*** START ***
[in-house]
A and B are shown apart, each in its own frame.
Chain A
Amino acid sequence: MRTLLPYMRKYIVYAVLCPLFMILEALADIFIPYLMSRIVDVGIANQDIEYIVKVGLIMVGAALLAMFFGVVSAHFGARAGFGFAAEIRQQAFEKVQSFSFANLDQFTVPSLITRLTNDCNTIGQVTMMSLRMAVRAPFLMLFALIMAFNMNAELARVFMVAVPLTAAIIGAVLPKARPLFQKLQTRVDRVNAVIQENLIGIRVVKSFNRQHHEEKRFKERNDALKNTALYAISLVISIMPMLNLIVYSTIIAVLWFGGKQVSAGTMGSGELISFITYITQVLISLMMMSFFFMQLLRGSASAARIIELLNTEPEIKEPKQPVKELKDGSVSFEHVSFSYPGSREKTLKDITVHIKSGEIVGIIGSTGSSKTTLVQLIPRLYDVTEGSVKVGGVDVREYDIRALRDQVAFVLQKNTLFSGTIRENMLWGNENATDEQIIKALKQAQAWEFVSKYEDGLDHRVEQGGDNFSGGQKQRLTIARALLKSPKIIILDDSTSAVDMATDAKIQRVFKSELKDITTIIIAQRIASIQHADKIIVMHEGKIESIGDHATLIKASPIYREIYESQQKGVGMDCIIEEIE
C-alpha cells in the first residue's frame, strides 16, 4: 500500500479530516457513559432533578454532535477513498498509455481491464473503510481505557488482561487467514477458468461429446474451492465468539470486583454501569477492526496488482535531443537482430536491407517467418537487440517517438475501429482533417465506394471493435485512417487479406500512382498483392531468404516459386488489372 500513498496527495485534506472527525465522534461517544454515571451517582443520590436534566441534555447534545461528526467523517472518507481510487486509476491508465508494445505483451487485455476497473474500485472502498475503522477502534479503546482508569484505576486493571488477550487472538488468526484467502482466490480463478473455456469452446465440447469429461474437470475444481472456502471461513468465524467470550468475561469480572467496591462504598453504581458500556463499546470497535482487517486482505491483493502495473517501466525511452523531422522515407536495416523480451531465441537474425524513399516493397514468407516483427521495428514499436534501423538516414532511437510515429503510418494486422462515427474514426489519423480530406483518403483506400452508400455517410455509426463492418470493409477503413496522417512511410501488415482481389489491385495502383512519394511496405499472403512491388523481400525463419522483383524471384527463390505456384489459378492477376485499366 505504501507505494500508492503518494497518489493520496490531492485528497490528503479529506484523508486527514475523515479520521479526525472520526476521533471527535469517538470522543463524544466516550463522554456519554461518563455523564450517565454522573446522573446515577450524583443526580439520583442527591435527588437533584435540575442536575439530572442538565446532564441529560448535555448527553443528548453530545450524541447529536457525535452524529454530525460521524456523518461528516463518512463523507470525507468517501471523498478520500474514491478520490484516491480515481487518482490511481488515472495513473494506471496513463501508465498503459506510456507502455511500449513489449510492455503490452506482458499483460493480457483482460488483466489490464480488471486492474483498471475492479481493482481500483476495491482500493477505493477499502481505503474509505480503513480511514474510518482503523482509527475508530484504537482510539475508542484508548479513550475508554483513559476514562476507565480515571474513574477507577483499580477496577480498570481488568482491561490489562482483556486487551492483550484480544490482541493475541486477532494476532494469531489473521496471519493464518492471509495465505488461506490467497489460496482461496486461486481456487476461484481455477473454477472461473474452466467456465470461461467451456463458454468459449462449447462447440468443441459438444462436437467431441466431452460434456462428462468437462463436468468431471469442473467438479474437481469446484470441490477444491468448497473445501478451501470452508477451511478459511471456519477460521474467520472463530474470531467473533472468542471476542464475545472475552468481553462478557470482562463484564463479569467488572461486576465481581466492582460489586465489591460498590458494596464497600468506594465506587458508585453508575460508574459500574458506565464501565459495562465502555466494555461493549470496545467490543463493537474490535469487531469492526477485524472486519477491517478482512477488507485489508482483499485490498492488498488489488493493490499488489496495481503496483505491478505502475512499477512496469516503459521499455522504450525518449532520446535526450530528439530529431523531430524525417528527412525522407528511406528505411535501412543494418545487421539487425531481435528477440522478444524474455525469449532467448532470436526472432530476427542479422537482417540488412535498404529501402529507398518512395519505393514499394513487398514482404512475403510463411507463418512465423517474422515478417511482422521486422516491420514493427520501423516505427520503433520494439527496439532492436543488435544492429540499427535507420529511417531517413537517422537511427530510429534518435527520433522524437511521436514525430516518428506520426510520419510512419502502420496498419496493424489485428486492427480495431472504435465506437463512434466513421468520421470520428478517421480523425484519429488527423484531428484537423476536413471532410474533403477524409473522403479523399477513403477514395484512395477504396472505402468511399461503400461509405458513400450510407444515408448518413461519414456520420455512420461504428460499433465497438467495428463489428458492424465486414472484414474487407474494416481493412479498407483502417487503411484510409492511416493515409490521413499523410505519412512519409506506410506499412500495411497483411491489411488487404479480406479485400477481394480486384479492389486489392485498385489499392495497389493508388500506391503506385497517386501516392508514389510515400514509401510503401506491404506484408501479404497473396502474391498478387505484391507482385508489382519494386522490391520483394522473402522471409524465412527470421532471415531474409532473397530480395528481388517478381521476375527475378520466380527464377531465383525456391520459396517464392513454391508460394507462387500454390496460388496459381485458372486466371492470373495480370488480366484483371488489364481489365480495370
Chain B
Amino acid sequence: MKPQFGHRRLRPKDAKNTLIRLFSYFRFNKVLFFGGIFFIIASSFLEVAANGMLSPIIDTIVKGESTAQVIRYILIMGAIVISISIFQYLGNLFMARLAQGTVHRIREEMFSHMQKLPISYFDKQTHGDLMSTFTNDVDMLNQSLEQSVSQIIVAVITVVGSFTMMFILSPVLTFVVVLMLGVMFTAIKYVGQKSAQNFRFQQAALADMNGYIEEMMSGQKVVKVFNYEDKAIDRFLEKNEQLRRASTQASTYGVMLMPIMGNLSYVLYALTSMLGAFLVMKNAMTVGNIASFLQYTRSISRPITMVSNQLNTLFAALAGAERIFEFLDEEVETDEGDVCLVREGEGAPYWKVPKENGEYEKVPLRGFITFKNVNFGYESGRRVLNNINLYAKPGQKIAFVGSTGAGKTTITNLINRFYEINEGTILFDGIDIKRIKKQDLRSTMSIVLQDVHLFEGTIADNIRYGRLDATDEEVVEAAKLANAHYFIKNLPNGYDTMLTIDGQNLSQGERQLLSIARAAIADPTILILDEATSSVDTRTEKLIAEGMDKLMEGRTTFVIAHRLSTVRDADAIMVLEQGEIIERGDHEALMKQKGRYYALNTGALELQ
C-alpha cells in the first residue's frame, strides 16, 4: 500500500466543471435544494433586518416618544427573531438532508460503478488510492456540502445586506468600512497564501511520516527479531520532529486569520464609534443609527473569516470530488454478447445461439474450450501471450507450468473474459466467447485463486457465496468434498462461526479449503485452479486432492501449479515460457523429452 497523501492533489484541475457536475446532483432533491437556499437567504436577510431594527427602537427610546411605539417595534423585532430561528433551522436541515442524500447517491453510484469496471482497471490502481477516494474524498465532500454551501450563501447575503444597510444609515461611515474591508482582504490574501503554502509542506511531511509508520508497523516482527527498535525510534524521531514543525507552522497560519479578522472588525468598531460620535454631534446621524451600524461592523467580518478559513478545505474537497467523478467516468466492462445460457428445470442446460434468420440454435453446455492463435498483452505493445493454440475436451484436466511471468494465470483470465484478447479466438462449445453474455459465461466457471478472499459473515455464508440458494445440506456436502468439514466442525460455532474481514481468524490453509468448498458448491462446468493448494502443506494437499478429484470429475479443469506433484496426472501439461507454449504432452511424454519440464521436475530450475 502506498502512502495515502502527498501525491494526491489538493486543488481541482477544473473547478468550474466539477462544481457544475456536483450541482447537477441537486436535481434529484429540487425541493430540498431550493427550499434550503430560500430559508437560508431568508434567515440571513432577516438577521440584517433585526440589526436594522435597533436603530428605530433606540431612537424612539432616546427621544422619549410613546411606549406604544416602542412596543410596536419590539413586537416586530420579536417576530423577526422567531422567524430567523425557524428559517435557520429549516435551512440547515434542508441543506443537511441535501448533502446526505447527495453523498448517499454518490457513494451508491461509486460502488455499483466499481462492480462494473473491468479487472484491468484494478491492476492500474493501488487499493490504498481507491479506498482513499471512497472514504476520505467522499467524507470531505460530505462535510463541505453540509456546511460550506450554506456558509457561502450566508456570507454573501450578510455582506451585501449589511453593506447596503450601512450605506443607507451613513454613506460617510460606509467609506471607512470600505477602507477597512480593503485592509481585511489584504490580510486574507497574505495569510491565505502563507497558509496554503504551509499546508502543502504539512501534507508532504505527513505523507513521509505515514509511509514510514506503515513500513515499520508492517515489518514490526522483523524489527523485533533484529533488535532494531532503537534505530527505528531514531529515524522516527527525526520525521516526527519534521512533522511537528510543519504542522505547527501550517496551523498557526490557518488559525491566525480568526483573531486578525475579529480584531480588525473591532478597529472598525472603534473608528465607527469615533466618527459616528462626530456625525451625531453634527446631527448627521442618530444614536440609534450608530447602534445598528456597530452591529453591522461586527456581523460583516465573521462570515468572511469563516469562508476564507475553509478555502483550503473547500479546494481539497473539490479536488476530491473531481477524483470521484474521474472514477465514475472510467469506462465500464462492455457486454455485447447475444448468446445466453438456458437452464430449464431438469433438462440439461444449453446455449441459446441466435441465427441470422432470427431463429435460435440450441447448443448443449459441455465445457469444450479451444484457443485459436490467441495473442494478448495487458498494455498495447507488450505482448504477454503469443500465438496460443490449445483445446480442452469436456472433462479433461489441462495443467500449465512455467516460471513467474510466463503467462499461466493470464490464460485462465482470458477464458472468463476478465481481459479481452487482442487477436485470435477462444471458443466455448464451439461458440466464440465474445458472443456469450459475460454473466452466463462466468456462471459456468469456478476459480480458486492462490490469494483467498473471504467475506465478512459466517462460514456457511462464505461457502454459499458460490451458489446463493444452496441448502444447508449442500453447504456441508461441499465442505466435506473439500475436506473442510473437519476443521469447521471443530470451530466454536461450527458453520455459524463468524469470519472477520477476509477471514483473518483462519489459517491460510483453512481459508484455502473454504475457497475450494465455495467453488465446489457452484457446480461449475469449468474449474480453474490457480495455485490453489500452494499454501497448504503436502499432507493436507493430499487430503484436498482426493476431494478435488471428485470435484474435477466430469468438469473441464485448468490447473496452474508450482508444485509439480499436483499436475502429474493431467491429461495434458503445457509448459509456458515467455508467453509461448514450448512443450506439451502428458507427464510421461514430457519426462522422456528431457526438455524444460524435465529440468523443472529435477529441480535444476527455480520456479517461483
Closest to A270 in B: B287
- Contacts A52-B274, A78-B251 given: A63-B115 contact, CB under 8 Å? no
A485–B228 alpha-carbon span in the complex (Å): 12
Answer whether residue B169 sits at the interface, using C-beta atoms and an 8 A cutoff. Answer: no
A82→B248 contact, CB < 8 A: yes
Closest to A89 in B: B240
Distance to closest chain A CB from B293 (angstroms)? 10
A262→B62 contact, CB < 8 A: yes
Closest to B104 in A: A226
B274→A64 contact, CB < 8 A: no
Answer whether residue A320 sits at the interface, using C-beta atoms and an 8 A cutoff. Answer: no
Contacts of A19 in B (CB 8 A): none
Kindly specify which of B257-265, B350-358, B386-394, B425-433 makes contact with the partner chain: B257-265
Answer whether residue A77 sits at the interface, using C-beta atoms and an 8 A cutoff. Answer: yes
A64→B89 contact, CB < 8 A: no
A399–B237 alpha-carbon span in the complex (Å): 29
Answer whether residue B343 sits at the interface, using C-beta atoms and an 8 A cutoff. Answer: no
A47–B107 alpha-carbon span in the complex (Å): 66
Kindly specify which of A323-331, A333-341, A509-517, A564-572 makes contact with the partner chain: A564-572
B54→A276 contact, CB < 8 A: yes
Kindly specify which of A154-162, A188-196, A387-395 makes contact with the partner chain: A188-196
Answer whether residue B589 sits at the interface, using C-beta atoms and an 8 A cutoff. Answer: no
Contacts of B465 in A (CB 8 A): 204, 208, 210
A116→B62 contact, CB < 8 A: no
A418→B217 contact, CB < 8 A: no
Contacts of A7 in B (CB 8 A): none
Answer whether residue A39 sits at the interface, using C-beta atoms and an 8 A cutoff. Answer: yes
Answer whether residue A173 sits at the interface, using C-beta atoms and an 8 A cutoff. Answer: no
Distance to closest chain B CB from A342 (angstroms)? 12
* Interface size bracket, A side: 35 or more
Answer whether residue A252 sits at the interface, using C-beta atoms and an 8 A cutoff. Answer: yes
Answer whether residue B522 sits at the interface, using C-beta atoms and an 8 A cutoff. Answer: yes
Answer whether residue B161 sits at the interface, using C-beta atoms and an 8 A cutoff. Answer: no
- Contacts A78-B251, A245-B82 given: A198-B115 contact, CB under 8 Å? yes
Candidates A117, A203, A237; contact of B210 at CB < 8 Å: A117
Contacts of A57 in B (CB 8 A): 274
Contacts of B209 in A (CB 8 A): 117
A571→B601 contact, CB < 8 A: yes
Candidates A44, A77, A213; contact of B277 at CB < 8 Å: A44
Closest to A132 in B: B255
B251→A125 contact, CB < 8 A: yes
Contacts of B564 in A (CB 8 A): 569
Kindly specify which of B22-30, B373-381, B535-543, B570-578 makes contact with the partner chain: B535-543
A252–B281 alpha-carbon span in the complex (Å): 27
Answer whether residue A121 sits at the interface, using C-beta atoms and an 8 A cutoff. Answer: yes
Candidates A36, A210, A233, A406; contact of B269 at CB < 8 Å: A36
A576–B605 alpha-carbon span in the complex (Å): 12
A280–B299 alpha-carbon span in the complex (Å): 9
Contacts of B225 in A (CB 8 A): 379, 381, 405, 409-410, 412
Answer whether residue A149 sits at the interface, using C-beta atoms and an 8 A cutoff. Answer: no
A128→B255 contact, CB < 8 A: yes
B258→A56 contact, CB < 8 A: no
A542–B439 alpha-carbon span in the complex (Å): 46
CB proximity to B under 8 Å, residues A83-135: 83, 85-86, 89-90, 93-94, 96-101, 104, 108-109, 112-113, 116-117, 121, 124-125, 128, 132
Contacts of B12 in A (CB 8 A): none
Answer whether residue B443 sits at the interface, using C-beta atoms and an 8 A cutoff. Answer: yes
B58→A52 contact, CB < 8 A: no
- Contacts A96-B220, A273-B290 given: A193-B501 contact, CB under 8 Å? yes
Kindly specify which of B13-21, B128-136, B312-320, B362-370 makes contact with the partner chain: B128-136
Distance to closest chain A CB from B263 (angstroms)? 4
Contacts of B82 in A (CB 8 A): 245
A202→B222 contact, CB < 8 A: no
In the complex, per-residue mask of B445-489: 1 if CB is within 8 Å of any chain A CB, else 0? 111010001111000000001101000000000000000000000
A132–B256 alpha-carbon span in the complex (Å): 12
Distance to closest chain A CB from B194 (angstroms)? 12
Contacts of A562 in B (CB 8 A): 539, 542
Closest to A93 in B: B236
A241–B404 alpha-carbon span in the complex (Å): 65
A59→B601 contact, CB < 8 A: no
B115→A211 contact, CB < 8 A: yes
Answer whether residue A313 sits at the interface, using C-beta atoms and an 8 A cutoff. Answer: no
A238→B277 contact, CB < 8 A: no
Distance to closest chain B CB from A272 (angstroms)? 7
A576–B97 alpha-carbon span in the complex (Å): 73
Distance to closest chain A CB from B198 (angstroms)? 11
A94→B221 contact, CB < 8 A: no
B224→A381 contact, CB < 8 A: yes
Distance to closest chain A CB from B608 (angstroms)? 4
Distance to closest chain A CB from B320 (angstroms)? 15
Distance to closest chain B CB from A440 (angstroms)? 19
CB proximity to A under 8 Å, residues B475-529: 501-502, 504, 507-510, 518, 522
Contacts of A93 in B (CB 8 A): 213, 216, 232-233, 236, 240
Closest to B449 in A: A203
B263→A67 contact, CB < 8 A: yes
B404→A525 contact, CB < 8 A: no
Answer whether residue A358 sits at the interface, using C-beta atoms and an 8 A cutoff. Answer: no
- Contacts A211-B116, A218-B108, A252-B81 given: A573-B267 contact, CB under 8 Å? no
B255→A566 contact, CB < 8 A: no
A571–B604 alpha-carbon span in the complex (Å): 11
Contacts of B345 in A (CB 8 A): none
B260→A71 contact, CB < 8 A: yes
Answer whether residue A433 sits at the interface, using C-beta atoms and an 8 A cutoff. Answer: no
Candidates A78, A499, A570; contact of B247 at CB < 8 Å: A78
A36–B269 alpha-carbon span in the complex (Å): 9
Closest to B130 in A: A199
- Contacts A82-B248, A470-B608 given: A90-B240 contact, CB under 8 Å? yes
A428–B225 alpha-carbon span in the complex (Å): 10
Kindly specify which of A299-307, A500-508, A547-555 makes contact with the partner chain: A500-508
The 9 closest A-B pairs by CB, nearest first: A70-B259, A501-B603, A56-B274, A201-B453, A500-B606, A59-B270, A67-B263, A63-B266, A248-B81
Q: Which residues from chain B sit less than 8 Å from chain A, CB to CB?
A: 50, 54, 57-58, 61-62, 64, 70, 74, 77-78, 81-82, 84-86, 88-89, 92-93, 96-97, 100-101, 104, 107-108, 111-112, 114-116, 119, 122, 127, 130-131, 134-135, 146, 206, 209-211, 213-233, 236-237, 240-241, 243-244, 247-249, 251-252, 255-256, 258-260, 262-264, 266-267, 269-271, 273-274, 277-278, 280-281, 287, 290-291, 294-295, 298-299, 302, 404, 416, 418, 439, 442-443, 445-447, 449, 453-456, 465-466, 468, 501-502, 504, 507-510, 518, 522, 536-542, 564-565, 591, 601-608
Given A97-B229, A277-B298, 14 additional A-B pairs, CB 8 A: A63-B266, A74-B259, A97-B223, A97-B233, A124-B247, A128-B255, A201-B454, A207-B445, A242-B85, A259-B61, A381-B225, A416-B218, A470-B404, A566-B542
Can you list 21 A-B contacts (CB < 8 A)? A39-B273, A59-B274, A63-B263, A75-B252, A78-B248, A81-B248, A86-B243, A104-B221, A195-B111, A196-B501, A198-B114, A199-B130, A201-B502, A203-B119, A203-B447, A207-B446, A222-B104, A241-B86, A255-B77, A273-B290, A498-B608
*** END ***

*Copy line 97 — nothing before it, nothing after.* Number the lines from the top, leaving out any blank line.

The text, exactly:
A571–B604 alpha-carbon span in the complex (Å): 11